Jeanette Reveals BT Maize Seeds Were Exported
July 18, 1999
Jeanette Reveals BT Maize Seeds Were Exported From NZ
Public hearing 1yr after firm exports GE seeds
A public hearing is about to be held on growing genetically engineered maize at Pukekohe a year after genetically engineered seeds were exported from the site.
Green Party Co-Leader Jeanette Fitzsimons said approval was given for the original "trial" in 1997 before the public was aware of the risks, and before the Environmental Risk Management Authority (ERMA) was set up. Since then one of the types of mutant maize grown at Pukekohe in the summer of 1997-98 has been shown to kill Monarch butterflies in American research.
The new application from Pioneer is to plant more insect-resistant (BT) maize at Pukekohe next summer. ERMA is holding a public hearing on the application on July 30, at 9.30am at the Wellington Regional Chamber of Commerce, Featherston Street.
"I am deeply concerned about this application for several reasons," Ms Fitzsimons said. "Firstly it is generally believed that there has been no commercial release of genetic engineering material in or from New Zealand. But information I now have shows that at least in the case of Pioneer Hi-Bred this is questionable. The company exported its GE seed to France from Pukekohe last year.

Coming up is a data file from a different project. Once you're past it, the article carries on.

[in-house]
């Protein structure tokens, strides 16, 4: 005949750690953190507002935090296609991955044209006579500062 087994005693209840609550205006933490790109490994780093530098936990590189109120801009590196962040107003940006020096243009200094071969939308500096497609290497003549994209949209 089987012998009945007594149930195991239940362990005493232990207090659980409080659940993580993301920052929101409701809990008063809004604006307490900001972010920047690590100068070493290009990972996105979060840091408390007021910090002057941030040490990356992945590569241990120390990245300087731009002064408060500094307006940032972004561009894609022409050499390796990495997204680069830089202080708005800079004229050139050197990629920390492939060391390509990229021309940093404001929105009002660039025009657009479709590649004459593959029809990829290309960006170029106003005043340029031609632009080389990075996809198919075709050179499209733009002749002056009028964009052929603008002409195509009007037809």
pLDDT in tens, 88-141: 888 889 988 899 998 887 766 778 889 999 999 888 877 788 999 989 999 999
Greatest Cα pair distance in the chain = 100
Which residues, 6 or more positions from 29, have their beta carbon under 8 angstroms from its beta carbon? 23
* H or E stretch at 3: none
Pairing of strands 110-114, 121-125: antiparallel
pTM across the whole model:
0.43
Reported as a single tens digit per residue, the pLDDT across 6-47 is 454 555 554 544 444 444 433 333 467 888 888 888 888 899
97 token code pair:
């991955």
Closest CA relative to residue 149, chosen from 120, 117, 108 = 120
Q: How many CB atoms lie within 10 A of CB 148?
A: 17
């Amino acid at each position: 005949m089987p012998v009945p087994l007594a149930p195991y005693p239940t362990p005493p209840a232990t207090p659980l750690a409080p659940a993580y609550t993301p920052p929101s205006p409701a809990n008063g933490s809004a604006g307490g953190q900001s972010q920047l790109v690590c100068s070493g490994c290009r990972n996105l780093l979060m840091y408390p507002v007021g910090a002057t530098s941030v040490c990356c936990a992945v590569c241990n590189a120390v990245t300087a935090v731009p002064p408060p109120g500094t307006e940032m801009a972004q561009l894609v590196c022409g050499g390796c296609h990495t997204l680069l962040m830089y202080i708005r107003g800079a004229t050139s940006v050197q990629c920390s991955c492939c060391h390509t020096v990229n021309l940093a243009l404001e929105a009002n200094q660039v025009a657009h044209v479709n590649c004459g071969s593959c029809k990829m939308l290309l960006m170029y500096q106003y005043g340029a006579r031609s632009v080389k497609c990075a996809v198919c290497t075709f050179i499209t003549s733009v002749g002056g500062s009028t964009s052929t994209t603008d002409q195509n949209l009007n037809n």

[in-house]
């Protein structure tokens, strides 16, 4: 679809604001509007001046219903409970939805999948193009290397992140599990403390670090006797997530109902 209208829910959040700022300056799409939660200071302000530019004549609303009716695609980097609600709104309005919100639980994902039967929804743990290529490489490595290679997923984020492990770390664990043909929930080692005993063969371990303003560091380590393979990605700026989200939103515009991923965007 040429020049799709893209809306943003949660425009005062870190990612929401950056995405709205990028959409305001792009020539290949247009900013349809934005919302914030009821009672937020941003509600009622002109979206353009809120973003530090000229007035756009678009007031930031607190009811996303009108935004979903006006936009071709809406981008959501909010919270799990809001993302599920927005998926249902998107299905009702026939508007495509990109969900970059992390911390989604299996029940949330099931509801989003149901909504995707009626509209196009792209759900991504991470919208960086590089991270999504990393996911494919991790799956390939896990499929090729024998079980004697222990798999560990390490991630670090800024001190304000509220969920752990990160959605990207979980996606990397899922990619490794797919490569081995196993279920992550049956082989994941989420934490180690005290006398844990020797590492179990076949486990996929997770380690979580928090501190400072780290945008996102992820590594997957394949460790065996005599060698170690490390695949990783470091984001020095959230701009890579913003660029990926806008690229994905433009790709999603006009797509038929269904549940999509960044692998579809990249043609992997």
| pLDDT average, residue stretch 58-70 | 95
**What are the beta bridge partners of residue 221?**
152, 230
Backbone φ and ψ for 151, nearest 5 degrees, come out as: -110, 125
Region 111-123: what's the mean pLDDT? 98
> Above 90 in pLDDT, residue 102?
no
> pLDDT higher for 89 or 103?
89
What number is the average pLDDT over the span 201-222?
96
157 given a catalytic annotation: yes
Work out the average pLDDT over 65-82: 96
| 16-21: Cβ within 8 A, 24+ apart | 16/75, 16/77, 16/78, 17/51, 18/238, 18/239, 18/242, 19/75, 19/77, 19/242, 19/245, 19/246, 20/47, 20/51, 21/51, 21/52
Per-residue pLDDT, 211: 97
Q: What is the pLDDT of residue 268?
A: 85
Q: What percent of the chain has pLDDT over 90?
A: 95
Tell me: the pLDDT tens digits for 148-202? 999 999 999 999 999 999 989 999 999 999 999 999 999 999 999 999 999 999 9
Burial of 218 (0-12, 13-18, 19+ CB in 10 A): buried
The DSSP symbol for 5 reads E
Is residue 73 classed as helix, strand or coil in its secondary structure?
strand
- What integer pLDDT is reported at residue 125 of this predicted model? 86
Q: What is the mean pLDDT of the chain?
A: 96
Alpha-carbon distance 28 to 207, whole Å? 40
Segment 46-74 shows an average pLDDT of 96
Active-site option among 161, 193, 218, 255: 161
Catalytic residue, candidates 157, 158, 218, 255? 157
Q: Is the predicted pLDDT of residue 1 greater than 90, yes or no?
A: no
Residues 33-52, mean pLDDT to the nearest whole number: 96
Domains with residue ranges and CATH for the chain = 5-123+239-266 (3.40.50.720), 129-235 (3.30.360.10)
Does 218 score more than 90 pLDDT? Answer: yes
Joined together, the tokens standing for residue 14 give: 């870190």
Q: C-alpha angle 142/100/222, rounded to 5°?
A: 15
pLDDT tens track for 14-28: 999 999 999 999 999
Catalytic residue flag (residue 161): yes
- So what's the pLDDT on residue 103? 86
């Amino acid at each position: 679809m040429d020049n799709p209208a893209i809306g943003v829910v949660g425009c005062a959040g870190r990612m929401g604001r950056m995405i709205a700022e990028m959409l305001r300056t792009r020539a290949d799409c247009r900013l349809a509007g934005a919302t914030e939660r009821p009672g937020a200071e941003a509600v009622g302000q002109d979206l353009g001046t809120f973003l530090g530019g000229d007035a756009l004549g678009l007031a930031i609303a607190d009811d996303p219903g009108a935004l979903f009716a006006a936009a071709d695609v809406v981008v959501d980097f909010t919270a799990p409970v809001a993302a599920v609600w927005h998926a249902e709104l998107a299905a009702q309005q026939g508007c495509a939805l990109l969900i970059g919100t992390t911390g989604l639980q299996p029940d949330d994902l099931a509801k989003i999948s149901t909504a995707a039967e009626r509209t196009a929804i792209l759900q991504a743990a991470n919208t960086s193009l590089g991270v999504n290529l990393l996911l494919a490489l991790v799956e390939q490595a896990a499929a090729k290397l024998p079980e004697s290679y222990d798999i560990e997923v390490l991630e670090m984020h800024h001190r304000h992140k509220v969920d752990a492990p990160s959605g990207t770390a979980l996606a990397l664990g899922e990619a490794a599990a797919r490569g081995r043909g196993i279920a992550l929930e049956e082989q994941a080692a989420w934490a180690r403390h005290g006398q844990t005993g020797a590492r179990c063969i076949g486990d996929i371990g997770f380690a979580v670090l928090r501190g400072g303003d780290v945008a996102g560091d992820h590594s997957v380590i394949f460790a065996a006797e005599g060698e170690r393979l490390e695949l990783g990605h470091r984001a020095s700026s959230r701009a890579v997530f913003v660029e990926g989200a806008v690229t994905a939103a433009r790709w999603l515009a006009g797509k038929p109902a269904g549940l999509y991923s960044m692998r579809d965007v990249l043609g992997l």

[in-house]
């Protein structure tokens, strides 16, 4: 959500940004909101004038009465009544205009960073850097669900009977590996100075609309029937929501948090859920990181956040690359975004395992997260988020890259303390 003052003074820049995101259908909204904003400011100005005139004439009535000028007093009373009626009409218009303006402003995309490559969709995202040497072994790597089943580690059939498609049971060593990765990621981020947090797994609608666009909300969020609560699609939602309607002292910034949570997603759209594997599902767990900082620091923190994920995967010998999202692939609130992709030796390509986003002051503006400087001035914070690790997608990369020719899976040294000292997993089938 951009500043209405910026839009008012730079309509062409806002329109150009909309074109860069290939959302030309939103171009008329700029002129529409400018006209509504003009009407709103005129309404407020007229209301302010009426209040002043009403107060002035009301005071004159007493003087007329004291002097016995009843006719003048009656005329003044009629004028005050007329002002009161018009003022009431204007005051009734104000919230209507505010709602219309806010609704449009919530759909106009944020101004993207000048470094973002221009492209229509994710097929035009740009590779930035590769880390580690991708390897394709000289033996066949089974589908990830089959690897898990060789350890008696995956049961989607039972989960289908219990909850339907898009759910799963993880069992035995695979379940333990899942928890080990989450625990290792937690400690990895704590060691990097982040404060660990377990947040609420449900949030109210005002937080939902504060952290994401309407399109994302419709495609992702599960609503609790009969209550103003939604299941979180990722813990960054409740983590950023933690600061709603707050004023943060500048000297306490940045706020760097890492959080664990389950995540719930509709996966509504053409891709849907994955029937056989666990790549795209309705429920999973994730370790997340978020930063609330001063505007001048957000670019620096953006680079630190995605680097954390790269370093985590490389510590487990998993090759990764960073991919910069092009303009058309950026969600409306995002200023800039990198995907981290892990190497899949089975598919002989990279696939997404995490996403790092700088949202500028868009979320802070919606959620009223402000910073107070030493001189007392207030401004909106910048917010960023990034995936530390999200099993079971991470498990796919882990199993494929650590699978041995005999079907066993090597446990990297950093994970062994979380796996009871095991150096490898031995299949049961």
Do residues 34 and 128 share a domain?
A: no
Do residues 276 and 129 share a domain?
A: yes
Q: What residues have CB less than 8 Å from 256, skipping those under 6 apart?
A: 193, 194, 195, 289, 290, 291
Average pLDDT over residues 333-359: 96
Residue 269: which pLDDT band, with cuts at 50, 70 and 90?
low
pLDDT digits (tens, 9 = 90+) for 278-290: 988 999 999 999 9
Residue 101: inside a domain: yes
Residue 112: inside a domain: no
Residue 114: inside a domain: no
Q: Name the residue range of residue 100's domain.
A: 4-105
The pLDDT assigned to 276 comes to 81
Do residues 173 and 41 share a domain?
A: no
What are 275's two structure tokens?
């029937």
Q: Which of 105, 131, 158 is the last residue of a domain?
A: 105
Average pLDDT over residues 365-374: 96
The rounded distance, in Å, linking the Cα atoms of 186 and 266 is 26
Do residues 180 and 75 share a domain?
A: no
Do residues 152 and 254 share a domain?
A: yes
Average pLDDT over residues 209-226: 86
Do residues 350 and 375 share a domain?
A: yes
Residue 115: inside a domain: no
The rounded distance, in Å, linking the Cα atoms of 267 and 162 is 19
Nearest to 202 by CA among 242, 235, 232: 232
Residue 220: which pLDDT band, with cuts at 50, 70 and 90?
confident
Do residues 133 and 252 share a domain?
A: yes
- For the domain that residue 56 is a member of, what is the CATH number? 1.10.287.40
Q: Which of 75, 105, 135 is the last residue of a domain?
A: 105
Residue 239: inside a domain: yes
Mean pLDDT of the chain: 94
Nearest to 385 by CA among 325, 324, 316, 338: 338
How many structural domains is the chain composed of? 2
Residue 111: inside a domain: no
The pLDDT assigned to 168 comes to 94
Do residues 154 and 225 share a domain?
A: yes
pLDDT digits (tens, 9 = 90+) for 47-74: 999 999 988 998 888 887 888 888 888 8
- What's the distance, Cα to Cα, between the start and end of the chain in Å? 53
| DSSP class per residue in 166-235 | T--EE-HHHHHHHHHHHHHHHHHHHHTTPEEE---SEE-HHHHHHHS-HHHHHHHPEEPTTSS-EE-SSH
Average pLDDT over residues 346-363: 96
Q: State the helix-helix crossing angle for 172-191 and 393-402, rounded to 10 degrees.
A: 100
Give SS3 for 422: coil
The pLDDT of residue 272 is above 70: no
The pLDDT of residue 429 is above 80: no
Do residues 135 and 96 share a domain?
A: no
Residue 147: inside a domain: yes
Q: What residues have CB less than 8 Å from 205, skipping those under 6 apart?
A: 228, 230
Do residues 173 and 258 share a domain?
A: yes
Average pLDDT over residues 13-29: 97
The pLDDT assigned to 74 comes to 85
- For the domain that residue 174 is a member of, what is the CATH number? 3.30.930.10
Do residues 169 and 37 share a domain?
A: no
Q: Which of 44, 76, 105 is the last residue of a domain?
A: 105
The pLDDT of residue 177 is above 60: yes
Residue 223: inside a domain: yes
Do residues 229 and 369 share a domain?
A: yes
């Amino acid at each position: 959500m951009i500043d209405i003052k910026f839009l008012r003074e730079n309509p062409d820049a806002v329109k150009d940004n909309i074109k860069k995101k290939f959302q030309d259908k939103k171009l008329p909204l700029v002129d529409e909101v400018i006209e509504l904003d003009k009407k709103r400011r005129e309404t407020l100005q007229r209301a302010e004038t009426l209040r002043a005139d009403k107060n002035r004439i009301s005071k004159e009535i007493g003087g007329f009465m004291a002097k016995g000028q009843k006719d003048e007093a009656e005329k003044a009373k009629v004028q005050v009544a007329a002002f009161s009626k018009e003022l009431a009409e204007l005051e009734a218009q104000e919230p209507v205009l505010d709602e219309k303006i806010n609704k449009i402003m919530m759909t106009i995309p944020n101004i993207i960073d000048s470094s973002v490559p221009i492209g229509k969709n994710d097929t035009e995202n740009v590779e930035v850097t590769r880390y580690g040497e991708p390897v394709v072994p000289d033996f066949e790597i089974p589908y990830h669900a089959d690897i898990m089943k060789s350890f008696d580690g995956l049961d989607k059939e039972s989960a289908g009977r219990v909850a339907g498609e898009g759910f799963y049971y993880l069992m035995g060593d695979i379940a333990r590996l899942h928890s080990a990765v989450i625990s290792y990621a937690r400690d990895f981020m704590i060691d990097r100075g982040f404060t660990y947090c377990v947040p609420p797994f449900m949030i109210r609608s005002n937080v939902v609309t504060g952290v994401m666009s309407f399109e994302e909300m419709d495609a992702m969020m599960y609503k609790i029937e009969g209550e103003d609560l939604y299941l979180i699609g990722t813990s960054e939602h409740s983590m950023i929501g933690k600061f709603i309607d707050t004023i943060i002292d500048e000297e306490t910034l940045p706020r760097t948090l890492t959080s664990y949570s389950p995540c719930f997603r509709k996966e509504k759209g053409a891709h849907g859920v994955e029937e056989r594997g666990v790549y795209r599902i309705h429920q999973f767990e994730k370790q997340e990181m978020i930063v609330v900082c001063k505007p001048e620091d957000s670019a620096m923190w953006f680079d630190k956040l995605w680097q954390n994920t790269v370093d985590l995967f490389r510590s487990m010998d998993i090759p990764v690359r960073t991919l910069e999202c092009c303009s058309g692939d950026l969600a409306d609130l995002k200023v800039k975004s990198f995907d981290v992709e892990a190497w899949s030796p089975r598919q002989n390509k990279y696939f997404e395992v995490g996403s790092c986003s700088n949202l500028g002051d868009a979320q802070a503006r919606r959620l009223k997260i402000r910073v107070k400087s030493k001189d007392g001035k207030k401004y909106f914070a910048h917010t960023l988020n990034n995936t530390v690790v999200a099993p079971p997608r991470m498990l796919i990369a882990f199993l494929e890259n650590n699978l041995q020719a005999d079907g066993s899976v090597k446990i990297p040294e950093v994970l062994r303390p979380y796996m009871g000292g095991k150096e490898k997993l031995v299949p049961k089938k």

"Secondly despite publicity about the risks to butterflies, Pioneer is planning another summer of this so-called 'trial'." [The Cornell University, New York, butterfly research was published in the May 20, 1999 issue of Nature magazine].
Ms Fitzsimons said she knew of no tests to find out if the genetic engineering "trial" in 1997-98 killed New Zealand butterflies, bees or other beneficial insects.
"The company says in its application to ERMA that `since this is a small scale trial for breeding purposes, we do not intend to monitor the populations of target and non-target organisms'."
Pioneer Hi-Bred is one of the world's largest genetic engineers, having more patents over genetically engineered crops than Monsanto, according to a recent issue of New Scientist magazine.